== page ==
William S. Burroughs


Allen Ginsberg
[Paul Bowles, Allen Ginsberg, William S. Burroughs, Gregory Corso, Michael Portman, Tangier], 1961. Paul Bowles’s framed copy. Paul Bowles Papers

Writer Paul Bowles kept this original framed print on his bedside in Tangier, Morocco, for many years. Later prints of related images, made and inscribed by Allen Ginsberg for Bowles, are on view on the wall nearby.

William S. Burroughs
The Exterminator, 1960
Auerhahn Press, San Francisco.
Cover design by Brion Gysin

William S. Burroughs
Soft Machine, 1961
Olympia Press, Paris.
Dustjacket design by Brion Gysin

William Burroughs
Time, 1965
C Press, New York

In 1965, Ted Berrigan’s C Press published Burroughs’s Time, a verbal/ visual collage based on a 1963 issue of Time magazine. To the original Time cover, which addressed the Indo-Chinese War and featured a dual portrait of Mao and Nehru, Burroughs added a bleak landscape painting and his own name to the bottom half of the image– thereby effacing half of Mao and all but Nehru’s hat. The contents of Burroughs’s Time critically deconstructed the language and imagery of the mainstream American press.

Sinclair Beiles, William S. Burroughs, Gregory Corso, Brion Gysin
Minutes to Go, 1960
Two Cities Editions, Paris

Minutes to Go from 1960 was the first stand-alone publication to use the cut-up technique, with contributions by William S. Burroughs, Brion Gysin, Gregory Corso, and the South African poet Sinclair Beiles.

William S. Burroughs
The Dead Star, 1969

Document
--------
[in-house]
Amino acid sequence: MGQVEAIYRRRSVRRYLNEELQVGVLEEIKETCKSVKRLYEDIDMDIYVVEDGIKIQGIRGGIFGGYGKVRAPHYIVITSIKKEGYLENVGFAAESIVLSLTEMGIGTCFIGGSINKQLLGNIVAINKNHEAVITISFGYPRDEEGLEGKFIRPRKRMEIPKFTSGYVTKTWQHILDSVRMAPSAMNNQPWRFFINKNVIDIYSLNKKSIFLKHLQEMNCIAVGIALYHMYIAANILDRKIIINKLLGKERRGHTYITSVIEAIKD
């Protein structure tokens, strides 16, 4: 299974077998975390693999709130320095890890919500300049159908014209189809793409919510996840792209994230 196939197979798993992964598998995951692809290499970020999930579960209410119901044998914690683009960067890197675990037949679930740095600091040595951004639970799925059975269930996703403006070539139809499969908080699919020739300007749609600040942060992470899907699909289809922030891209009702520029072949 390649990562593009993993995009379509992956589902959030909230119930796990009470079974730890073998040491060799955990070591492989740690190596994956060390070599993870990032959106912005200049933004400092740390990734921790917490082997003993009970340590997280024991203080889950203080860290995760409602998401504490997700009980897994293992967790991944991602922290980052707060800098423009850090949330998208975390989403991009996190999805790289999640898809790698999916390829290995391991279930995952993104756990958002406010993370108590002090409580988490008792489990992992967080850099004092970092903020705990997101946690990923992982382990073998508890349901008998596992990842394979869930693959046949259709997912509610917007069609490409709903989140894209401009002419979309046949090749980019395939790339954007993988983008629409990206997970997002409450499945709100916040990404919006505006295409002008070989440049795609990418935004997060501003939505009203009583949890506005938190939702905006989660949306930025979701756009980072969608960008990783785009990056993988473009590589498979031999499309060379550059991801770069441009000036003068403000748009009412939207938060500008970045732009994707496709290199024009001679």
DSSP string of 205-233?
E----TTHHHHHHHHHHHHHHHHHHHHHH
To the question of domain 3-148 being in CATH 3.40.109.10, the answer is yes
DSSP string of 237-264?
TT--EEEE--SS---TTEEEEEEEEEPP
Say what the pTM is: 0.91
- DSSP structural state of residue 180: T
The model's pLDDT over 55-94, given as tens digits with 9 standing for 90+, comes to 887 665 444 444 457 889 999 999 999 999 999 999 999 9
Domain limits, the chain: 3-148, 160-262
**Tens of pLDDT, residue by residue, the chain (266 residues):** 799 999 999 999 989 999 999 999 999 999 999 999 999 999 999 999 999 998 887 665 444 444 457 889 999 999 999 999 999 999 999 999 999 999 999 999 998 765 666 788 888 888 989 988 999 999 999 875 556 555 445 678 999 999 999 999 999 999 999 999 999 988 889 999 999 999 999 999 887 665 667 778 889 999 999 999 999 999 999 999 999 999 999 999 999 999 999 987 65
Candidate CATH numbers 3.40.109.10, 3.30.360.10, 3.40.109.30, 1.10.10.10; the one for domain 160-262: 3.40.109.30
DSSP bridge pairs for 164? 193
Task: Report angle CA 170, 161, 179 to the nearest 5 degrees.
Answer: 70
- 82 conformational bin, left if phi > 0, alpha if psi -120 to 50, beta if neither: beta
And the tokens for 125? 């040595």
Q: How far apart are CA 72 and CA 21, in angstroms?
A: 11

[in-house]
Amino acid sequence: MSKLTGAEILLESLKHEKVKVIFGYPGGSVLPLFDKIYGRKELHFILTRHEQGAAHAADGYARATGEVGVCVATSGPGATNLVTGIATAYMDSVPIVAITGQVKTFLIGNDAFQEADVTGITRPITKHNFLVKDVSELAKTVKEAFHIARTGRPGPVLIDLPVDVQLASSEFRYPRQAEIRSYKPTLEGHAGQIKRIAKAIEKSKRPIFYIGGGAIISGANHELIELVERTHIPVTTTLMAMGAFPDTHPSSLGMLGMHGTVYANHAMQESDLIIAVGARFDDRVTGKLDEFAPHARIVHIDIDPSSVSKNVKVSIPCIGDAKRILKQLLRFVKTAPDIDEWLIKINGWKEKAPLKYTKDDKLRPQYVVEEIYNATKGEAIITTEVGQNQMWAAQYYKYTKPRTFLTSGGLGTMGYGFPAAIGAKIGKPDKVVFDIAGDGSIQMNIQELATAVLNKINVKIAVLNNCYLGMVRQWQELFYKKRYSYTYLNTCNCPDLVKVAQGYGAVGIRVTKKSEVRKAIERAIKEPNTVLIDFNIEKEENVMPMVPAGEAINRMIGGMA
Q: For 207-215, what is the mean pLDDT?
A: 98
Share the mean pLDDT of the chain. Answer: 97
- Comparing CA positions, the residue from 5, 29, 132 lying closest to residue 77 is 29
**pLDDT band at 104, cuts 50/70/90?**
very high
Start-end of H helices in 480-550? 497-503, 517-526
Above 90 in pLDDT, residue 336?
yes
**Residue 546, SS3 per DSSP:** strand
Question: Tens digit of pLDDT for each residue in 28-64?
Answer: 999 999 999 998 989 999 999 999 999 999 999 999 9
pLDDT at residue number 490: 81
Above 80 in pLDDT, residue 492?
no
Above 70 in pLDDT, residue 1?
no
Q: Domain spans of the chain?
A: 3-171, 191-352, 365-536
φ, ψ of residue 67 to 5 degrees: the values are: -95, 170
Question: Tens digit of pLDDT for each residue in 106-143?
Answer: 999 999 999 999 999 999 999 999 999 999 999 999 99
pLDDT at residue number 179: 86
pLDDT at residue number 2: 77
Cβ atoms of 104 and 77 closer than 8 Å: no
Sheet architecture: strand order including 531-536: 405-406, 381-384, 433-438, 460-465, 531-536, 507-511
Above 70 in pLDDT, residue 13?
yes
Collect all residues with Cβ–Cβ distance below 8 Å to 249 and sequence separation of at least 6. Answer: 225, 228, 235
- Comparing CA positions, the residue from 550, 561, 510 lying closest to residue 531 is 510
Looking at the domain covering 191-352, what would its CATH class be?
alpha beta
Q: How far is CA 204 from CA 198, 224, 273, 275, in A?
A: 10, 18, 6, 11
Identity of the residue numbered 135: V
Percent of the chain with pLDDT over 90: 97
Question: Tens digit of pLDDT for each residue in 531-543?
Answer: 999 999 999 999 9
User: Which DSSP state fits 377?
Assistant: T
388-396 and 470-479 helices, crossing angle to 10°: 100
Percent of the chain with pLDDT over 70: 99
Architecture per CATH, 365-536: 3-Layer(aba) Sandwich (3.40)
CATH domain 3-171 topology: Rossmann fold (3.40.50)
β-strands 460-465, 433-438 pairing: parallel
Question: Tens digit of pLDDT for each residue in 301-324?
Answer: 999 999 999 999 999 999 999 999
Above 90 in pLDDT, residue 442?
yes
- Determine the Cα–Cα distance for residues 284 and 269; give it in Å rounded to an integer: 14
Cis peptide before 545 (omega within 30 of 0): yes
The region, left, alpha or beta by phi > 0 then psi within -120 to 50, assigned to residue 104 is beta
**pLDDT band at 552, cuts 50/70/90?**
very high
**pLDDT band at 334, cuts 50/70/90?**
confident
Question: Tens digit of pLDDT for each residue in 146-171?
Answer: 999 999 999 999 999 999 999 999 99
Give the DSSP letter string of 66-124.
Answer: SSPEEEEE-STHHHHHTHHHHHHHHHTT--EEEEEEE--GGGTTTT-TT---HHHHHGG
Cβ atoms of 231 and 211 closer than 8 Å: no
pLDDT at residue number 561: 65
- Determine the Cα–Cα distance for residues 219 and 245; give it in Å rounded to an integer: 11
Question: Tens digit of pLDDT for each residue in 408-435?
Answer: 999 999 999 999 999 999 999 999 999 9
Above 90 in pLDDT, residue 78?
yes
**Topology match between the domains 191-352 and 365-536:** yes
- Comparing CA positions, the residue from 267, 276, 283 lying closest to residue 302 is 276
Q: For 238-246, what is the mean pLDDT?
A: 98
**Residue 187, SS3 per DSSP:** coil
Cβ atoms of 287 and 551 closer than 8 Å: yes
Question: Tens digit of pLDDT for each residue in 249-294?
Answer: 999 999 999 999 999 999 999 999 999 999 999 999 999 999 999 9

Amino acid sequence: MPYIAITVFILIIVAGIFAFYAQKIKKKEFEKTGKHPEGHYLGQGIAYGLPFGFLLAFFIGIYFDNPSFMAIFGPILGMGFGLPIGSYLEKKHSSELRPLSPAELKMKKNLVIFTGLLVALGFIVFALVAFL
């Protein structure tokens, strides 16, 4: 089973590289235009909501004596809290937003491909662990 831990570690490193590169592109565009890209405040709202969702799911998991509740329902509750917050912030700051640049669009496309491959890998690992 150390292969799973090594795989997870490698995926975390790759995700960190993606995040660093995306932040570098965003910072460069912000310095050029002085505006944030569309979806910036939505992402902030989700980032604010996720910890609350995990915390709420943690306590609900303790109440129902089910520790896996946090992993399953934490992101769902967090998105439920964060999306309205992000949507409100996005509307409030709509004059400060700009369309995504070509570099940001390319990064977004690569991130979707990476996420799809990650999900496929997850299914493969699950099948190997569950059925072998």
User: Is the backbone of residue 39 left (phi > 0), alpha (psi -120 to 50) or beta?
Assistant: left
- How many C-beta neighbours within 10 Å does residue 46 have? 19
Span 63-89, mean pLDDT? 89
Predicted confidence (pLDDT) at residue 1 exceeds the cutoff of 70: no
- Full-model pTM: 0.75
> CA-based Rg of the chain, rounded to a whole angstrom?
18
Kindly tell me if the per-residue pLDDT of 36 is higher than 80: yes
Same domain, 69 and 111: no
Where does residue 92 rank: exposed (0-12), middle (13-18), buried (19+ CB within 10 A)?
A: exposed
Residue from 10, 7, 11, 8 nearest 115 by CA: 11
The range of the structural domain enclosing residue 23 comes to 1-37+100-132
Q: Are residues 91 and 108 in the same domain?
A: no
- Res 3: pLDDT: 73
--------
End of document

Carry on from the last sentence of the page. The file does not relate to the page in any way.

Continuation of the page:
Nova Broadcast Press, San Francisco

In 1965 William S. Burroughs produced a cut-up rendition of the news concerning gangster Dutch Schultz’s death combined with other disasters. He called it Dead Star, for Jeff Nuttall’s My Own Mag. Four years later Burroughs issued the same story as an independent broadside through the Nova Press. In the 1969 version, Dead Star uses a three-column newspaper format interspersed with news images, a format graphically related to word-image experiments with the grid format undertaken with artist Brion Gysin.

My Own Mag, ed. Jeff Nuttall, issue 13 (“The Dutch Schultz Special”), August 1965
Paul Bowles Papers

The “Cut-Up” Method
Artist and poet Brion Gysin is credited with developing the “cutup” method. It involved physically slicing existing pages of text and arranging the fragments to form a new text. The “cut-up” was a way to escape the tyranny of linear language and mundane meaning and to attain a more authentic truth. William S. Burroughs felt that rearranging words was at the core of the authorial act itself, and that the techniques opened endless possibilities for collaborations across time and space. The “cut-up” technique has an extensive legacy not only in literature but in music and the visual arts.

Jan Herman
Cut Up or Shut Up, 1972
Éditions Agentzia, Paris